Daddy Long Legs (Trivia & Reviews)
Daddy Long Legs began life as a novel by Jean Webster, then a Broadway play in 1914, and was filmed thrice before this: 1919 with Mary Pickford and Mahlon Hamilton (First National), 1931 with Janet Gaynor (Fox), and 1935 with Shirley Temple (with the title Curley Top).
Phyllis Astaire died on September 13, 1954 from lung cancer, a few days before filming was to begin. Fred was shattered and tried to get out of the production, offering to pay all costs. Studio boss Darryl F. Zanuck kept Maurice Chevalier on the sidelines just in case. At the urging of friends and family, and remembering Phyllis wanted him to play this role, Fred changed his mind and agreed to go ahead. The process was painful for Fred, especially since he was doing difficult ballet sequences and was filming in Cinemascope for the first time, but he persevered and his spirits lifted as filming went on.
"Something's Gotta Give
" became Fred's biggest hit in the 1950s. "Dream" was incorporated into the score at his insistence.
, Fred's future partner in the television specials
, and his favourite partner, appears with him for the first time in the first dream sequence, wearing a blonde wig.
Fred is dubbed for the first and only time of his career, in the first dream sequence. As Caron pictures him as a Texas millionaire, he lip syncs to the deep bass (and southern accented) voice of Thurl Ravenscroft.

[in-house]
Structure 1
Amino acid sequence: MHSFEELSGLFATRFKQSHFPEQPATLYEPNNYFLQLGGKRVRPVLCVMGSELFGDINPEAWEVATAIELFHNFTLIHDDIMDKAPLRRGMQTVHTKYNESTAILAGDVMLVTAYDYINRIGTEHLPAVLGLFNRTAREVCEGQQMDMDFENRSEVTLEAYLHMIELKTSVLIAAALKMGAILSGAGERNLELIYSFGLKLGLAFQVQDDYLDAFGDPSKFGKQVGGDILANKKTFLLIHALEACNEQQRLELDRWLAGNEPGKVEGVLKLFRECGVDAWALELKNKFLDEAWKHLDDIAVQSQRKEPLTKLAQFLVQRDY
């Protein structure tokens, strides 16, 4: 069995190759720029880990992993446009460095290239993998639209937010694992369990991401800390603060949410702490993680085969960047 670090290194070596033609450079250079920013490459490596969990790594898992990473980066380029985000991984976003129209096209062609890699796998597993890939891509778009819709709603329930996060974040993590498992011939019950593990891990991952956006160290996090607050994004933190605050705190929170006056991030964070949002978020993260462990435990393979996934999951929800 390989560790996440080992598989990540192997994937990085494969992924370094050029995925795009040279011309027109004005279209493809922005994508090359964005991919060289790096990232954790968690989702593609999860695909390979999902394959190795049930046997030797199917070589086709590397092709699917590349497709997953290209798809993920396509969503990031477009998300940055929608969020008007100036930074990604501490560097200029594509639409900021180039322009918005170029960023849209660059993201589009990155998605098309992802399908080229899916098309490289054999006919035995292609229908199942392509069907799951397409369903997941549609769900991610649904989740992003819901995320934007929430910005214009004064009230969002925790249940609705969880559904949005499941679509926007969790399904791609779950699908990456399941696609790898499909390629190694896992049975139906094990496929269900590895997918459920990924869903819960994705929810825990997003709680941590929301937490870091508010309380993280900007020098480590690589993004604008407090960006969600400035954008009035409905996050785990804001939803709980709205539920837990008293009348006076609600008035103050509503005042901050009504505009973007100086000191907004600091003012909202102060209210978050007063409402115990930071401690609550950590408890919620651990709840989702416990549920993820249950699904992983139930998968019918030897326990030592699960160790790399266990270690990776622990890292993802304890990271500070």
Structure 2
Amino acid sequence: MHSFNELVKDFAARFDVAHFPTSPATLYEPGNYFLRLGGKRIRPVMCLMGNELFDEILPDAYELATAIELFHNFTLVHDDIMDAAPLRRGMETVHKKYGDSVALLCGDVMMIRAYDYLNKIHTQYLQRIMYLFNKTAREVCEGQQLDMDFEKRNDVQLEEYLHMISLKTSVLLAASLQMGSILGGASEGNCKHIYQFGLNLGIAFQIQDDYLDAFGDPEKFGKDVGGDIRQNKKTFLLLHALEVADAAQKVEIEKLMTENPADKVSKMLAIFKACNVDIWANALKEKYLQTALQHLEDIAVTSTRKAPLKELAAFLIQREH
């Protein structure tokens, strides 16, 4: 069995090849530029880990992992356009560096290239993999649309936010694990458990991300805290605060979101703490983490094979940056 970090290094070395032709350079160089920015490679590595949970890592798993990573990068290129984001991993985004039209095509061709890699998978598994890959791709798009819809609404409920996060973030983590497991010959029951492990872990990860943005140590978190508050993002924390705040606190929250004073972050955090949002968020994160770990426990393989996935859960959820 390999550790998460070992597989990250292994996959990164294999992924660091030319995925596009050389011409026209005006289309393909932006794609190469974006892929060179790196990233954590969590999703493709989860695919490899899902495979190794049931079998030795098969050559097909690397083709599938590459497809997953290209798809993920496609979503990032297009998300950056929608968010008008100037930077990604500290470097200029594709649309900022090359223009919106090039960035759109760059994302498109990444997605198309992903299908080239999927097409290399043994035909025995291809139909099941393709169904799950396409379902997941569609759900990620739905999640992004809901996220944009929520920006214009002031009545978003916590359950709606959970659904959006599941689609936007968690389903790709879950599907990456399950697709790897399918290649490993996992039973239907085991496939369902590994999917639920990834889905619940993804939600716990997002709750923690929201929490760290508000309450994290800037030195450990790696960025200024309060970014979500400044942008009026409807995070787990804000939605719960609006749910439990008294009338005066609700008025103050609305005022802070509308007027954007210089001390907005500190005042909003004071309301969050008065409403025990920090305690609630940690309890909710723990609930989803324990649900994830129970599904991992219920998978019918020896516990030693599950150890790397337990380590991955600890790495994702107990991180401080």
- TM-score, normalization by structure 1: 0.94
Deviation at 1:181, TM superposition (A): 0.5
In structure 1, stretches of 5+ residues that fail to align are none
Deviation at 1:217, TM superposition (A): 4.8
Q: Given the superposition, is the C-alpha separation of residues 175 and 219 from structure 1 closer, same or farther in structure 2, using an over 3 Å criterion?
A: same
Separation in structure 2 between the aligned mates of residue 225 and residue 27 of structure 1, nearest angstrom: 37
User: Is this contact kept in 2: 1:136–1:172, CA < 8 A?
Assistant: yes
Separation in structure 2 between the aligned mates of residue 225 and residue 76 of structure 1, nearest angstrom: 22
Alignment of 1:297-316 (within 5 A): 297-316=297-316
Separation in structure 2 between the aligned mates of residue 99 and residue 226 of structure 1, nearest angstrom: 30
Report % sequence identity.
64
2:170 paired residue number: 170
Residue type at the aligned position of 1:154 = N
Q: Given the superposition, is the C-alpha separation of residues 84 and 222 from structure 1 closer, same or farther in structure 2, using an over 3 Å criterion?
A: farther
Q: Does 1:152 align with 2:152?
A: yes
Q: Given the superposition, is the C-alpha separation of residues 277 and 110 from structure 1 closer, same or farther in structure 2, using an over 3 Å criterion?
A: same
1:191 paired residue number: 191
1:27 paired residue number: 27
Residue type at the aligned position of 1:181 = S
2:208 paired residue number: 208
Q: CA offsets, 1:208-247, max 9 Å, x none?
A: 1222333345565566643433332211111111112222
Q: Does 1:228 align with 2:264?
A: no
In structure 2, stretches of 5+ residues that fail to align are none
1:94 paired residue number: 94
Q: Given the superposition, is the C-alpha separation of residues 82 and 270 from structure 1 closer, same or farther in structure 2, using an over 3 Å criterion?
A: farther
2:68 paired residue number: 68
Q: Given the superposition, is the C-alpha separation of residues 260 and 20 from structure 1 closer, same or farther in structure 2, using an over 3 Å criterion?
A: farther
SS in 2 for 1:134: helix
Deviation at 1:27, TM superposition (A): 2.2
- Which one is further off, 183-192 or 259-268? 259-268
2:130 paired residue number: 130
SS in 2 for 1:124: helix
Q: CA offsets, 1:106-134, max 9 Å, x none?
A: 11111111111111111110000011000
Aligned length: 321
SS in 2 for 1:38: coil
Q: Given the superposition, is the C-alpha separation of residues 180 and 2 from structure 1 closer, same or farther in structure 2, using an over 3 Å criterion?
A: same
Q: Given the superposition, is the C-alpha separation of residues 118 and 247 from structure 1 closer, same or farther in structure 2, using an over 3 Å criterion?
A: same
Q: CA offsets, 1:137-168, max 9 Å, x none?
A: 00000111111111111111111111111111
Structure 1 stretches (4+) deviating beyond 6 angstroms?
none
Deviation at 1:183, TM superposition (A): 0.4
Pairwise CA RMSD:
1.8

Academy Awards: Best Art Direction-Set Decoration, Color: John DeCuir, Paul S. Fox, Walter M. Scott, Lyle R. Wheeler (nominated); Best Scoring of a Musical Picture- Alfred Newman (nominated); Best Song, "Something's Gotta Give" (nominated).
Arthur Knight, Dance Magazine, June 1955: "Like Paderewski, Fred Astaire keeps coming back for one more 'final appearance' every few years. And each time he does, he impresses all over again with the precision of his technique, the casual elegance of every gesture, his marvelously bouyant personality and brimming vitality... and Daddy Long Legs proves to be one of his best films in ages.
New York Post, 6 May 1955: "Of its type, Daddy Long Legs is a winner, and there is a double reason named Astaire and Caron- besides the exquisitely mounted production backgrounds. Astaire grows more agile with age. Each time he decides to come out of 'retirement,' his leaps belie his years."
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Last Updated on Friday, 06 November 2009 10:57